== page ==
Agencies

[Federal Register Volume 81, Number 49 (Monday, March 14, 2016)]
[Notices]
[Pages 13439-13441]
From the Federal Register Online via the Government Publishing Office [www.gpo.gov]
[FR Doc No: 2016-05660]


-----------------------------------------------------------------------

SOCIAL SECURITY ADMINISTRATION

[Docket No. SSA-2015-0038]


Social Security Ruling, SSR 16-2p; Titles II and XVI: Evaluation 
of Claims Involving Similar Fault in the Providing of Evidence

AGENCY: Social Security Administration.

ACTION: Notice of Social Security Ruling (SSR).

-----------------------------------------------------------------------

SUMMARY: In accordance with 20 CFR 402.35(b)(1), the Commissioner of 
Social Security gives notice of SSR 16-2p. This Ruling supersedes and 
replaces previously published SSR 00-2p. It provides the definition of 
fraud, and clarifies the definitions of knowingly and preponderance of 
the evidence. The Ruling also clarifies that we may find that any 
individual or entity has committed fraud or similar fault, and that we 
may disregard evidence submitted by any individual or entity that we 
find has committed fraud or similar fault. In addition, the Ruling 
provides examples of such individuals and entities.

DATES: Effective Date: March 14, 2016.

FOR FURTHER INFORMATION CONTACT: Dan O'Brien, Director of Office of 
Vocational Evaluation and Process Policy in the Office of Disability 
Policy, Social Security Administration, 6401 Security Boulevard, 
Baltimore, MD 21235-6401, (410) 597-1632 or TTY 410-966-5609, for 
information about this notice. For information on eligibility or filing 
for benefits, call our national toll-free number, 1-800-772-1213 or TTY 
1-800-325-0778, or visit our Internet site, Social Security Online, at 
http://www.socialsecurity.gov.

SUPPLEMENTARY INFORMATION: Although we are not required to do so 
pursuant to 5 U.S.C. 552(a)(1) and (a)(2), we are publishing this SSR 
in accordance with 20 CFR 402.35(b)(1).
    Through SSRs, we convey to the public precedential decisions 
relating to the Federal old-age, survivors, disability, supplemental 
security income, and special veterans benefits programs. We may base 
SSRs on determinations or decisions made at all levels of 
administrative adjudication, Federal court decisions, Commissioner's 
decisions, opinions of the Office of the General Counsel, or other 
interpretations of the law and regulations.
    Although SSRs do not have the same force and effect as statutes or 
regulations, they are binding on all components of the Social Security 
Administration, in accordance with 20 CFR 402.35(b)(1), and are binding 
as precedents in adjudicating cases.
    This SSR will remain in effect until we publish a notice in the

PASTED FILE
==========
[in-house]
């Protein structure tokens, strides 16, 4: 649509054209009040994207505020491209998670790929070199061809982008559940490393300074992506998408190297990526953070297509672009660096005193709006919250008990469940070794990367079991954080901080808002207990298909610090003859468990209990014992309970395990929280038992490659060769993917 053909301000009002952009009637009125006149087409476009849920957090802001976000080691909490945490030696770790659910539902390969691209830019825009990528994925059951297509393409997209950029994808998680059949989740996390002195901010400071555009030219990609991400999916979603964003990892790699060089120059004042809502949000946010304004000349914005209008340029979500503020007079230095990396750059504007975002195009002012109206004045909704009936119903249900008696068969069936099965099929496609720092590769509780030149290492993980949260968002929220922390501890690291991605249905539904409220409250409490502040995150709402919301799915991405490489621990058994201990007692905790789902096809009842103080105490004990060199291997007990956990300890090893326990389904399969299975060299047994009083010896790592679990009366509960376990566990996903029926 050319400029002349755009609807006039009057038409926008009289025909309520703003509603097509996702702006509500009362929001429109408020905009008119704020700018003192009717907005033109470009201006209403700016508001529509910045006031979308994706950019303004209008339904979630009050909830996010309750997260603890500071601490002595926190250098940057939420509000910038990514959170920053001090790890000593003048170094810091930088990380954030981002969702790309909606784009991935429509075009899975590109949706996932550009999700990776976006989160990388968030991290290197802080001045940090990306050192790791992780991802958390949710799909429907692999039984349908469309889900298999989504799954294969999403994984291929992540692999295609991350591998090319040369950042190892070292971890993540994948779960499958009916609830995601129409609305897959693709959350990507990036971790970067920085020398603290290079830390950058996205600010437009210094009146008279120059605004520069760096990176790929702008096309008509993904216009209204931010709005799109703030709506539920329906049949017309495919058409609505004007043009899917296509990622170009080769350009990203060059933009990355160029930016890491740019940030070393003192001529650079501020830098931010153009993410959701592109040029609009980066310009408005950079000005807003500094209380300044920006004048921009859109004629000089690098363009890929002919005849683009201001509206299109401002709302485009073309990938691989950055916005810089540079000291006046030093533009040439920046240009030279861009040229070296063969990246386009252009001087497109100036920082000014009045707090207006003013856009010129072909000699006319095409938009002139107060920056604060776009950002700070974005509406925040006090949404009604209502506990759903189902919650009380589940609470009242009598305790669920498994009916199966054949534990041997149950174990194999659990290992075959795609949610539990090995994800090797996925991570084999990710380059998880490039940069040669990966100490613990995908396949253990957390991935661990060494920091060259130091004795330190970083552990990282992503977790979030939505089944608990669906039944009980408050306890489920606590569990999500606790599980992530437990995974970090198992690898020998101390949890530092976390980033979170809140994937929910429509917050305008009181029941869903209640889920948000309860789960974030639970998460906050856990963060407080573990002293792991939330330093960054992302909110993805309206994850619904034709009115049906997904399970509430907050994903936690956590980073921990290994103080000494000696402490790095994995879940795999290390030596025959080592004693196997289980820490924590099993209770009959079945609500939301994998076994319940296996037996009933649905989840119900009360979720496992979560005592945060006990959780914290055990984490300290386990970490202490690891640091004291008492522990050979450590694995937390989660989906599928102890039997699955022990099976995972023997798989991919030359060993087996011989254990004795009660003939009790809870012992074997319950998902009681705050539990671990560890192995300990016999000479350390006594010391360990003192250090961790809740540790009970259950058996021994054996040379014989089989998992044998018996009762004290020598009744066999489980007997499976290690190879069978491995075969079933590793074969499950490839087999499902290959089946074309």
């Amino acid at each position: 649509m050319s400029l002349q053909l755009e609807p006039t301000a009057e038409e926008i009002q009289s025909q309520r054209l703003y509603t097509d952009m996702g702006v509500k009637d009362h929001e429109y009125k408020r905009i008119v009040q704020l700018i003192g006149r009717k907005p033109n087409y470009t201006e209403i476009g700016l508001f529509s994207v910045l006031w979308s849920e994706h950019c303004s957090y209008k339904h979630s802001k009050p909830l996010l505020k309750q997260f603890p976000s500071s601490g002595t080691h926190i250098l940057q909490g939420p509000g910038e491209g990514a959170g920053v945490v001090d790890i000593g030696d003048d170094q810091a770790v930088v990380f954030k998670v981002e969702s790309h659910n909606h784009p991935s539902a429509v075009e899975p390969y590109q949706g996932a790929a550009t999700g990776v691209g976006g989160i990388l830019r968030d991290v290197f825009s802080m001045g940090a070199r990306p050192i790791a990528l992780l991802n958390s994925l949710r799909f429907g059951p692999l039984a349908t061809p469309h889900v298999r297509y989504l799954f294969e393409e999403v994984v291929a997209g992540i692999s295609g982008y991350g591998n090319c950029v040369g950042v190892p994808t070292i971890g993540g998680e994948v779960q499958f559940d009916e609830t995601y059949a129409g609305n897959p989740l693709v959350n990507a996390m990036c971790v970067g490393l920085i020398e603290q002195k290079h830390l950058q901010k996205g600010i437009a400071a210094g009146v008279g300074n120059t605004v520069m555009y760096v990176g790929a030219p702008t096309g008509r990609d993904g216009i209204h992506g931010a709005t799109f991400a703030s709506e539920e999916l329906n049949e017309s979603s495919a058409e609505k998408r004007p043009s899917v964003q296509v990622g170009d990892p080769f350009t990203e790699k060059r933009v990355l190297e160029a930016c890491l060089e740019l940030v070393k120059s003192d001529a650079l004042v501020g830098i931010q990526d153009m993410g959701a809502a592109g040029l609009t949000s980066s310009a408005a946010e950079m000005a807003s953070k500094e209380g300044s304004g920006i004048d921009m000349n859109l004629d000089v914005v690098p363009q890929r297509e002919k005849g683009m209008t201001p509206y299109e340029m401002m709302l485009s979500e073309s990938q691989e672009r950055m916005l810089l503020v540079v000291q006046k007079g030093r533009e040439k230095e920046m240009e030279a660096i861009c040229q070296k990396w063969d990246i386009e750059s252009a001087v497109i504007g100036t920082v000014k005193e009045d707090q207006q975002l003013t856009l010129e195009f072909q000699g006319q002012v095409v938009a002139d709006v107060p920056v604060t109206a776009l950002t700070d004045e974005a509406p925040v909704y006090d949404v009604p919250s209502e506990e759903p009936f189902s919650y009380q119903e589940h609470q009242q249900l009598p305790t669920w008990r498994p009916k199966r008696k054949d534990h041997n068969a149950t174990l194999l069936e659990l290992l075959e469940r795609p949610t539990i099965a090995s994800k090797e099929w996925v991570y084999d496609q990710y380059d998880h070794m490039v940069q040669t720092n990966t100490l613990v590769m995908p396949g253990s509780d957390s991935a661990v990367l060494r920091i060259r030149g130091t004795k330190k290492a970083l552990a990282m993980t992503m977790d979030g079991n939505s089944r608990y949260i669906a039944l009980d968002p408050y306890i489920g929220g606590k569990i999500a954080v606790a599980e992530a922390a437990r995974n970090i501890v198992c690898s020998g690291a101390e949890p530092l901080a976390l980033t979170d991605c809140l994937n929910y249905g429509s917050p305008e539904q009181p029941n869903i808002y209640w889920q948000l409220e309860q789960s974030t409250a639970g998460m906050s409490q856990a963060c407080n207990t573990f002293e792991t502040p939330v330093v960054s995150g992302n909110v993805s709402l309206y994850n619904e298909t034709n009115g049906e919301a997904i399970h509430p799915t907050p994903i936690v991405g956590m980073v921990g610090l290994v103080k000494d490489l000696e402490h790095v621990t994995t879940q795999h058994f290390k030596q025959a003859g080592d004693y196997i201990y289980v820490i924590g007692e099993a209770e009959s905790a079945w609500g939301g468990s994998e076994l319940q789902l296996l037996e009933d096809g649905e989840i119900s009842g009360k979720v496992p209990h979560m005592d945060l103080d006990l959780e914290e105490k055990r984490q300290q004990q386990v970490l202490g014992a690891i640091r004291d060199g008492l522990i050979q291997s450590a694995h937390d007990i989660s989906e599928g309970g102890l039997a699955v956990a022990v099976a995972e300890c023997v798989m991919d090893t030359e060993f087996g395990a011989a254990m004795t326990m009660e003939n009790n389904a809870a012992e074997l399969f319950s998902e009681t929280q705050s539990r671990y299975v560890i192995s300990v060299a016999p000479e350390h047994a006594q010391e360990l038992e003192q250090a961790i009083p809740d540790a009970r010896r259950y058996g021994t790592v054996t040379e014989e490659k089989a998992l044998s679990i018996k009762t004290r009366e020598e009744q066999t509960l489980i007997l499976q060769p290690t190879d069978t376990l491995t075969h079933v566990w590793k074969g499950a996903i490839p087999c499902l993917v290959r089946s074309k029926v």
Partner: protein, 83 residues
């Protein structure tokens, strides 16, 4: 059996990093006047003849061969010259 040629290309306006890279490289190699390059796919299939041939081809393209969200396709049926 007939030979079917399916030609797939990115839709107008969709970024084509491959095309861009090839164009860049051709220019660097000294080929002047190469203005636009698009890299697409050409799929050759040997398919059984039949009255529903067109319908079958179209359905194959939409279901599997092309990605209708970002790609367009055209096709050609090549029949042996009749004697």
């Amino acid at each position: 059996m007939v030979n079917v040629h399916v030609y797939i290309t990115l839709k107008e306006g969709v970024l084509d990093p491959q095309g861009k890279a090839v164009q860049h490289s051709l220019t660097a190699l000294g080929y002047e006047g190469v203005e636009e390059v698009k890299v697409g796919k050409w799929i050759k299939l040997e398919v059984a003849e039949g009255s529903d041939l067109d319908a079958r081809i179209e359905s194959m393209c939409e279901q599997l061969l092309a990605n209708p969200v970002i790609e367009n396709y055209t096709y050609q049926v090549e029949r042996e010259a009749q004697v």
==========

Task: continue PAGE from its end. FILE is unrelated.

Federal Register that rescinds it, or we publish a new SSR that 
replaces or modifies it.

(Catalog of Federal Domestic Assistance, Programs Nos. 96.001, 
Social Security--Disability Insurance; 96.002, Social Security--
Retirement Insurance; 96.004, Social Security--Survivors Insurance; 
96.006--Supplemental Security Income.)


[[Page 13440]]


    Dated: March 7, 2016.
Carolyn W. Colvin,
Acting Commissioner of Social Security.

POLICY INTERPRETATION RULING

Social Security Ruling, SSR 16-2p:
TITLES II AND XVI: EVALUATION OF CLAIMS INVOLVING THE ISSUE OF SIMILAR 
FAULT IN THE PROVIDING OF EVIDENCE
    This SSR rescinds and replaces SSR 00-2p: ``TITLES II AND XVI: 
EVALUATION OF CLAIMS INVOLVING THE ISSUE OF ``SIMILAR FAULT'' IN THE 
PROVIDING OF EVIDENCE.''
    PURPOSE: To explain the rules that govern the evaluation and 
adjudication of claims when there is reason to believe similar fault 
was involved in the providing of evidence in support of the claim.
    CITATIONS: Sections 205(u) and 1631(e)(7) of the Social Security 
Act, 42 U.S.C. 405(u), 1383(e)(7), as amended; 20 CFR 404.704, 404.708, 
404.1512, 404.1520, 416.912, 416.920, 416.924, and 422.130(b).

INTRODUCTION:

    The Social Security Independence and Program Improvements Act of 
1994, Public Law 103-296, amended the Social Security Act (Act) to add 
provisions addressing fraud or similar fault. These amendments to 
sections 205 and 1631 of the Act provide that we must immediately 
redetermine an individual's entitlement to monthly insurance benefits 
under title II or eligibility for benefits under title XVI if there is 
reason to believe that fraud or similar fault was involved in the 
individual's application for such benefits. This statute further 
provides that, when we redetermine entitlement or eligibility, or when 
we make an initial determination of entitlement or eligibility, we 
``shall disregard any evidence if there is reason to believe that fraud 
or similar fault was involved in the providing of such evidence.'' If, 
after redetermining entitlement to or eligibility for benefits, we 
determine that without the disregarded evidence, the evidence does not